“A Glint of Exoskeleton” is a highly entertaining and extremely enjoyable read, with a wonderfully adventurous heroine. Throughout her life, Crick has been able to speak to insects. The story begins with a snapshot of events as she grows up: meeting Peri the cockroach at the age of 3, learning to hide her abilities, until she becomes a teenager and then the story truly begins.
Peri is a very important cockroach – he’s decades old and basically the main spokes-bug for all the cockroaches of his species in the world. And he has some terrible to report: the mosquitoes are turning against humankind. After decades of persecution, they’ve had enough and, with the aid of a mysterious and devious human associate, they are engineering a virus that will destroy the world. And who can stop them? Well, adults can’t – they’d never believe Crick if she told them – so it’s up to Crick to save the world. And to do that, she must find a way to get to Panama, the birthplace of “leopard spot fever” as it is known. A place where, already, villages have been depopulated by the virus.
The writing was very vivid, I’ve never been to Panama, but the prose was so descriptive, so evocative, I was transported to that land of rice fields and mud. I shared with Crick her sense of despair at being alone in such a foreign environment. But Crick is never really alone, because she has her insect friends to aid her and they do – in no small way!
There are a few darker moments (such as the fate of the evil conspirator), and a few that are creepy (Crick is stalked by her school friend, after she does the responsible thing and reports his self-destructive behaviour to his parents), which may make it a little disconcerting for the more sensitive readers, but these are well balanced with a healthy dose of humour, an action-packed romp of a plot, highly entertaining characters and a gutsy heroine. This book is almost guaranteed to make the reader look at insects in a different light (Weiss is an entomologist and her passion for her profession shines through), as well as educating them (so subtly that they’ll hardly realise it’s happening). A great read for adventurous girls, and boys too!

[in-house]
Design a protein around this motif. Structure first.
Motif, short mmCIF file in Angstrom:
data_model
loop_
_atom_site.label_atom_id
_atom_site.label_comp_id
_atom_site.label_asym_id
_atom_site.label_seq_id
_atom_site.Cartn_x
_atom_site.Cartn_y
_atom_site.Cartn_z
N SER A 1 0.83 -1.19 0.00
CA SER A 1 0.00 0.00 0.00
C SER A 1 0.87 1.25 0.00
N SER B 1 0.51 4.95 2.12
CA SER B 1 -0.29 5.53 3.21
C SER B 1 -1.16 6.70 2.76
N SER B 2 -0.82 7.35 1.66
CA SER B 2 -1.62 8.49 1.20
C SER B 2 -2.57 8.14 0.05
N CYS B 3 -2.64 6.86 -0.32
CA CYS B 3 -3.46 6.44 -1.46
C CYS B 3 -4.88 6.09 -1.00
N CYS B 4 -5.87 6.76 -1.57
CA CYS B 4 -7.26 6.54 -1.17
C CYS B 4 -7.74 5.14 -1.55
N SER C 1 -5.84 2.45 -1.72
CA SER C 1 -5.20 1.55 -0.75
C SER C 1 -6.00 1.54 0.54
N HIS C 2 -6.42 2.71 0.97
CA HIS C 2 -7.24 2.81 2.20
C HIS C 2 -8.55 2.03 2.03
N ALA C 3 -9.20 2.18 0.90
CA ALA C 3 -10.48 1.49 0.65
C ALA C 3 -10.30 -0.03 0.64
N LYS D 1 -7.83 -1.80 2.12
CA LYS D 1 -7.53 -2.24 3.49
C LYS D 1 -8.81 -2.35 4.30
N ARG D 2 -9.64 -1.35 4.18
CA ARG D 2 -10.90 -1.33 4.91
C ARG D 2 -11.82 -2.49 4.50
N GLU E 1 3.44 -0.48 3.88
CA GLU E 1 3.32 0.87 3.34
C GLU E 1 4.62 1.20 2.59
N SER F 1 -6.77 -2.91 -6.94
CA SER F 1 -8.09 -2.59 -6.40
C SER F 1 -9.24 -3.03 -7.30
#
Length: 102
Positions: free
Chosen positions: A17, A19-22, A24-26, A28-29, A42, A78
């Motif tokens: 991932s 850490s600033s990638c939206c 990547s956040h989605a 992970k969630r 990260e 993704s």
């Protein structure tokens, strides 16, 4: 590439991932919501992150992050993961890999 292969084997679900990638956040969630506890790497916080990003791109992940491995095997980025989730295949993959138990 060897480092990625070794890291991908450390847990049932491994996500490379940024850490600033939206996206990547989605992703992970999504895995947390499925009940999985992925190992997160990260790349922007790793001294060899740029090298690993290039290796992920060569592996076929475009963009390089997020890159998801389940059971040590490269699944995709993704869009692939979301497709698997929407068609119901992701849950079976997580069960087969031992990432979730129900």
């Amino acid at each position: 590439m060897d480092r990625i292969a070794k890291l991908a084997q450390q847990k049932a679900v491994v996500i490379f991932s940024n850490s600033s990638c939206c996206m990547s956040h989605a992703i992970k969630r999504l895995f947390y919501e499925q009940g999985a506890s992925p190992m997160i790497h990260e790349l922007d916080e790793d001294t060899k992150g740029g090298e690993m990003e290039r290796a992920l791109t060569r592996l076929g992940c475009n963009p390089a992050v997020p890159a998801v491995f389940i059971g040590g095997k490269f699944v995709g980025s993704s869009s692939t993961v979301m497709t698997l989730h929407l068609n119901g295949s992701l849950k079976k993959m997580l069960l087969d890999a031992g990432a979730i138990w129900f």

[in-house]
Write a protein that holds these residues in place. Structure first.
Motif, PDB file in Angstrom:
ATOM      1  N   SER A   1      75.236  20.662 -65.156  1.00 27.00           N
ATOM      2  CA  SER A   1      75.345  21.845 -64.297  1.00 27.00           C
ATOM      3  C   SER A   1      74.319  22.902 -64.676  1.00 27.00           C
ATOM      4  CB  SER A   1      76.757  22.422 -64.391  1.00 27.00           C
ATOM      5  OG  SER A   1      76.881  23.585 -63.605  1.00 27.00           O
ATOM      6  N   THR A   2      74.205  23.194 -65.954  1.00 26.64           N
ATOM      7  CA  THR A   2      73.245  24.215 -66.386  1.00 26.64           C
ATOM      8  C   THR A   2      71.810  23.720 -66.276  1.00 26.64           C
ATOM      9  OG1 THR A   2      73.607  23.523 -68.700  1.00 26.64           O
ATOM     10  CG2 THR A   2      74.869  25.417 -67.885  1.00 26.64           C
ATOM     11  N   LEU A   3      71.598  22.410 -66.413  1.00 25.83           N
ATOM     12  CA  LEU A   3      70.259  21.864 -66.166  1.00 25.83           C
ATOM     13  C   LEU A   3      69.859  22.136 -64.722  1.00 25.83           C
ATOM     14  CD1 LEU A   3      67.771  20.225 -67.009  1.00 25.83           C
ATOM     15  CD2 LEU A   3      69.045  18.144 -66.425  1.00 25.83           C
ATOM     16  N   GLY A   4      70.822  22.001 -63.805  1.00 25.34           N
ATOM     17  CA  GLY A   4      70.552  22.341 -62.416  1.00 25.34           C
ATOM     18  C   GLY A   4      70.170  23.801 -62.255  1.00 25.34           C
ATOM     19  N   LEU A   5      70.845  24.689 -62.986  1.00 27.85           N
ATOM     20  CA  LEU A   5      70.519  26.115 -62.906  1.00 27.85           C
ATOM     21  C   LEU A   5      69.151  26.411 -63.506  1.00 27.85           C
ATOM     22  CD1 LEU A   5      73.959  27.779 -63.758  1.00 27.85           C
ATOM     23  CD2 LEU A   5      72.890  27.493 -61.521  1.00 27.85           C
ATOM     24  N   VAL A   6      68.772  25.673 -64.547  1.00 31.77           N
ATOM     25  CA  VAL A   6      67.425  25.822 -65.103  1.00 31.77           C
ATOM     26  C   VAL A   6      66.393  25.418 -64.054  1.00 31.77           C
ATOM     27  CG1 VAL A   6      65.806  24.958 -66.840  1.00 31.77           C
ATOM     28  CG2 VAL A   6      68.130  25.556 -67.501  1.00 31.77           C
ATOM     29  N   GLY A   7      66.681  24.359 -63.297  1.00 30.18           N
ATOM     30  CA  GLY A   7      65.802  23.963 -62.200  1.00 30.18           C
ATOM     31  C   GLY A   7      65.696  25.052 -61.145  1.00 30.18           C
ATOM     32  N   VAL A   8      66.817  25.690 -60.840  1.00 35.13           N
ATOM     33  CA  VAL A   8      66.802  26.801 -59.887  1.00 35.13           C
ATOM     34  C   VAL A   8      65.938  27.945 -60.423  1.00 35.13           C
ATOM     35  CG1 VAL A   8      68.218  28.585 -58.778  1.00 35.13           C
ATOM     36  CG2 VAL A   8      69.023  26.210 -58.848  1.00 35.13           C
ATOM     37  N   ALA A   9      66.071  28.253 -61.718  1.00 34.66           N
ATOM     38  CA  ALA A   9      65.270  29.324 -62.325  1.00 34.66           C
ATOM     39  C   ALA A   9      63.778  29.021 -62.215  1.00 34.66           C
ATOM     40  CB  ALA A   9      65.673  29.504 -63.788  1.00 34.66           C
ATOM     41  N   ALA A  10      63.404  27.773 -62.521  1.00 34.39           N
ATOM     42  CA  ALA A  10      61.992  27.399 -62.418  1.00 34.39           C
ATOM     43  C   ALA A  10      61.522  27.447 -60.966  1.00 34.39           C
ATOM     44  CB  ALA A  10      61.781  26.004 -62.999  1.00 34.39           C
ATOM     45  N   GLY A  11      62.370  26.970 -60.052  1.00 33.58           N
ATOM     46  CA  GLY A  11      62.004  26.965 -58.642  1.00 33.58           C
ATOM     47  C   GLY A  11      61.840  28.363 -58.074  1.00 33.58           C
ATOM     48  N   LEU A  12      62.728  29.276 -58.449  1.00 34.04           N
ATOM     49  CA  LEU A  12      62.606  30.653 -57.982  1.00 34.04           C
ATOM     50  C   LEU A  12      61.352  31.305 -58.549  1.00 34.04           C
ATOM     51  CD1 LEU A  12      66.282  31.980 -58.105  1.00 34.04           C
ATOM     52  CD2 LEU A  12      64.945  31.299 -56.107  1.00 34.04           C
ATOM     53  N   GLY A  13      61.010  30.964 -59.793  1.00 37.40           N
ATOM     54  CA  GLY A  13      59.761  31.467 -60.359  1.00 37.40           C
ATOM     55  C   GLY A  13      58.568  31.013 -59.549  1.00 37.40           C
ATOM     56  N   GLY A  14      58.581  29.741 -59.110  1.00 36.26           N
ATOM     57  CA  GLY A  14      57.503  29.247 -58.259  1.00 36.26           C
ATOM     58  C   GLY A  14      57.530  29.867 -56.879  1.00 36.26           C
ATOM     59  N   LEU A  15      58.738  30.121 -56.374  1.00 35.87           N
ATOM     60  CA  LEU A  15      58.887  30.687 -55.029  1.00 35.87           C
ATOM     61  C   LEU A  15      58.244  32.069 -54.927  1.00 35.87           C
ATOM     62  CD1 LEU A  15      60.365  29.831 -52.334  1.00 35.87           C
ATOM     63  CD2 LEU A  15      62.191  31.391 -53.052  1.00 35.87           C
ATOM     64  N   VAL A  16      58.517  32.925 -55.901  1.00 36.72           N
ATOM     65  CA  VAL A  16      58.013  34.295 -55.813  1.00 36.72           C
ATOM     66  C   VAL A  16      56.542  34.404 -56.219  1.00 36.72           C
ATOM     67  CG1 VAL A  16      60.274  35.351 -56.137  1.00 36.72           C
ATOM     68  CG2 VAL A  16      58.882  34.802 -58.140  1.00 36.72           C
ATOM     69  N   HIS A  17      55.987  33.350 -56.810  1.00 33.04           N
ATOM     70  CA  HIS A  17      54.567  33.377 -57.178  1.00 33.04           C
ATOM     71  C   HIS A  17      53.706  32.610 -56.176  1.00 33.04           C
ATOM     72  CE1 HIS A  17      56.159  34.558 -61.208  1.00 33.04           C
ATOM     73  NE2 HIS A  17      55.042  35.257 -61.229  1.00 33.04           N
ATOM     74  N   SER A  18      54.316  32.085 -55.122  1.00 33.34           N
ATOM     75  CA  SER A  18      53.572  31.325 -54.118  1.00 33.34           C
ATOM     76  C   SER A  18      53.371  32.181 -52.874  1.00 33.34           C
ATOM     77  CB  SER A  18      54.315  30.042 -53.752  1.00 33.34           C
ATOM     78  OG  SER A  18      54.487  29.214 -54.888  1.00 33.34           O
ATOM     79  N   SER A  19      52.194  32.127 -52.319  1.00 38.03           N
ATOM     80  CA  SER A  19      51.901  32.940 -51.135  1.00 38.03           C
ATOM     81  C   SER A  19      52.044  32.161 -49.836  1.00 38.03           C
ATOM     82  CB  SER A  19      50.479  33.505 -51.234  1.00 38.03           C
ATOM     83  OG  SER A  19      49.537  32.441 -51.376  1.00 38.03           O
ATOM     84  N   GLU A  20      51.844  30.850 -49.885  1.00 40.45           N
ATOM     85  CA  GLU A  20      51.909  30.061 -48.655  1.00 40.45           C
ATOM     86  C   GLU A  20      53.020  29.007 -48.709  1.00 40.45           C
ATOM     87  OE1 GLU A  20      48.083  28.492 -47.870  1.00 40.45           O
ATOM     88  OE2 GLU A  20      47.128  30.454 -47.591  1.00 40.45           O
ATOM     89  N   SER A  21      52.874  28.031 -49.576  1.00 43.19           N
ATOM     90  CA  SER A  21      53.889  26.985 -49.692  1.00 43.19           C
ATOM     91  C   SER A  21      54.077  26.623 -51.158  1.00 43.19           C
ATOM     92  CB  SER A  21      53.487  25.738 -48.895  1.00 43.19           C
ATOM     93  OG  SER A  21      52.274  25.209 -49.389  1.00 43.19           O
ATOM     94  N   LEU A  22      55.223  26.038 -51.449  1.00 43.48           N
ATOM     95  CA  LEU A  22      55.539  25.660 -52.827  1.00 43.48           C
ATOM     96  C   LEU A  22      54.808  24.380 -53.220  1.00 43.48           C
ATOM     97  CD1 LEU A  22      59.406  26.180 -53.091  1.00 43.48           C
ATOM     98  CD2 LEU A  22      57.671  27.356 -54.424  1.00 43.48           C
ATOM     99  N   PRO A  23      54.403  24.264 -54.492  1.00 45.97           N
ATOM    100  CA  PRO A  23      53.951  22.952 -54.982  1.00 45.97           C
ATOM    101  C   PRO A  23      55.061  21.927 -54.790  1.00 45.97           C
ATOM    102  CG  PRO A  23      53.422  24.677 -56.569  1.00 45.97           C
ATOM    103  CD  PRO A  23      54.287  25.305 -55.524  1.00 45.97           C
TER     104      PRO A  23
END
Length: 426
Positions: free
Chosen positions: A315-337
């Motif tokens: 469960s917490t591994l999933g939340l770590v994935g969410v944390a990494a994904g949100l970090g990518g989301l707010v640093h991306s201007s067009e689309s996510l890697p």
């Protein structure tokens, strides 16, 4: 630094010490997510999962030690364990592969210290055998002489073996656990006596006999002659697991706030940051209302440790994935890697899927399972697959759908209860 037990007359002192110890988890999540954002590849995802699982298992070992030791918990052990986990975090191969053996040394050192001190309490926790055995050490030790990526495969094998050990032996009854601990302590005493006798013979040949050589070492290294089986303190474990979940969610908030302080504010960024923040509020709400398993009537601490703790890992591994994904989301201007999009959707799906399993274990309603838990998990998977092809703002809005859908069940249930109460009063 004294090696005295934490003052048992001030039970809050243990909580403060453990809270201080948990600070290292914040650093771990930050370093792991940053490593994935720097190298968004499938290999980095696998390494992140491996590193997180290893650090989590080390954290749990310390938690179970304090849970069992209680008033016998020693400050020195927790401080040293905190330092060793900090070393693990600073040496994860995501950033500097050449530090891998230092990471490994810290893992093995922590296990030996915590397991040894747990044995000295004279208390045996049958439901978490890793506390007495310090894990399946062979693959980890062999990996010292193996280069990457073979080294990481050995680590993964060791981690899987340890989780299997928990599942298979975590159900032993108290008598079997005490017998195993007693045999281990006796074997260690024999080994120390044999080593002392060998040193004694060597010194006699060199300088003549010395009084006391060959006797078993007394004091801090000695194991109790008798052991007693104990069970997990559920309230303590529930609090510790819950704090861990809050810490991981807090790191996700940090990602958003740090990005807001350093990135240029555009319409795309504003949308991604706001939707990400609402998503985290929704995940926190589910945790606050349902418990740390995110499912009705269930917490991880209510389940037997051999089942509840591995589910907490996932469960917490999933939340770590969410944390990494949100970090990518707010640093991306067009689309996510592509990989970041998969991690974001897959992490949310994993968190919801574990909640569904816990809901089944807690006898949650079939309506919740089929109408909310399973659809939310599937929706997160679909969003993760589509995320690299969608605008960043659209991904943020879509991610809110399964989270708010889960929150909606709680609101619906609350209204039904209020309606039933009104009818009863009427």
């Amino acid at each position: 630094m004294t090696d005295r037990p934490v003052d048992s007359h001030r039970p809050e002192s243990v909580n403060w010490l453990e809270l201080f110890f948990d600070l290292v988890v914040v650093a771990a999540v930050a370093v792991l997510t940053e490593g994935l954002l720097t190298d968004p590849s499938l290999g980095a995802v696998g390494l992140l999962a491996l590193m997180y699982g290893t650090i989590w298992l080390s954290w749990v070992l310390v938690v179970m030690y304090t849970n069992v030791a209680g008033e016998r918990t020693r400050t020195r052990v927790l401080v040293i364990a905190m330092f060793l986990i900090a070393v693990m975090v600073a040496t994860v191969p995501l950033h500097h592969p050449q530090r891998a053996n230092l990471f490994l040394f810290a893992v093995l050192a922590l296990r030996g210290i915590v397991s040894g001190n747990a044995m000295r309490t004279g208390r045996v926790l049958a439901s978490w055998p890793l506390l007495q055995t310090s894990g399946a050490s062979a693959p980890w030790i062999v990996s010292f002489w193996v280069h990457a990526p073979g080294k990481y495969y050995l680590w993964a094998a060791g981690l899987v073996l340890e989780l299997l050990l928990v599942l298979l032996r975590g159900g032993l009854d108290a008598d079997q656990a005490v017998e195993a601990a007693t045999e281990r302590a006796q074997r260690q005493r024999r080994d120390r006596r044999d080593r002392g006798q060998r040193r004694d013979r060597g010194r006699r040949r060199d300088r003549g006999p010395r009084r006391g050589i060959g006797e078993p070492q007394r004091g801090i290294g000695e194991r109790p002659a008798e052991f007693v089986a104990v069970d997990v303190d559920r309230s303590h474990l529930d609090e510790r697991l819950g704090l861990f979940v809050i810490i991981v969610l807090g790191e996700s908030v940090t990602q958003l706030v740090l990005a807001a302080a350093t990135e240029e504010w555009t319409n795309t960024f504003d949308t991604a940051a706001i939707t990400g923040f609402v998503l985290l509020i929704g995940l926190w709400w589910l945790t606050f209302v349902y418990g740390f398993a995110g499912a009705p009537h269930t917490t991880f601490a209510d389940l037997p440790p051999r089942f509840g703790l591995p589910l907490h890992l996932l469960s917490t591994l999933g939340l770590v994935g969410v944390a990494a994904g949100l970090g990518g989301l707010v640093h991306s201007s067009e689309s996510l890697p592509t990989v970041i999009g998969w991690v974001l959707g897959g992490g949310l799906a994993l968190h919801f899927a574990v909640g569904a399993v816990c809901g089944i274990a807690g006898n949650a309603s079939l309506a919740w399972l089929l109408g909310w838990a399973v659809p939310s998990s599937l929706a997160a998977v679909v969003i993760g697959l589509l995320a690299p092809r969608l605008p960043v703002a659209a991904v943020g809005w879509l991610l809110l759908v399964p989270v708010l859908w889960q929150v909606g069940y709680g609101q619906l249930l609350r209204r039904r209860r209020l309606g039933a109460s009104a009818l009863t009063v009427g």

Purchase “Glint of Exoskeleton” on ebook.
Do not be deterred by the apparent plot similarities to Harry Potter – “The Natural Order” may be a magic school-type novel, but it is a wholly original take on the genre. The protagonist, Tristan, is serving time as a juvenile delinquent, accused of manslaughter. As he mourns the brother whose death he caused, a stranger turns up and whisks him away, along with 14 other students, to an obscure location. Here he is thrown into a school unlike any he has ever known – a school with an entirely unique array of subjects. Here he makes friends, and a few fiends, and begins to unearth the dark secrets behind the Lair.
Well written, and enjoyable, R.J. Vickers has designed a magic system that is uniquely her own. She has created a believable cast of troubled teens, sprinkled in a generous amount of typical High School drama and insecurities and added a dusting of magic. Her concepts are well considered and should lead into a promising series as Tristan and his friends discover more of what their future entails.
Buy the book from Amazon, available in paperback or ebook format.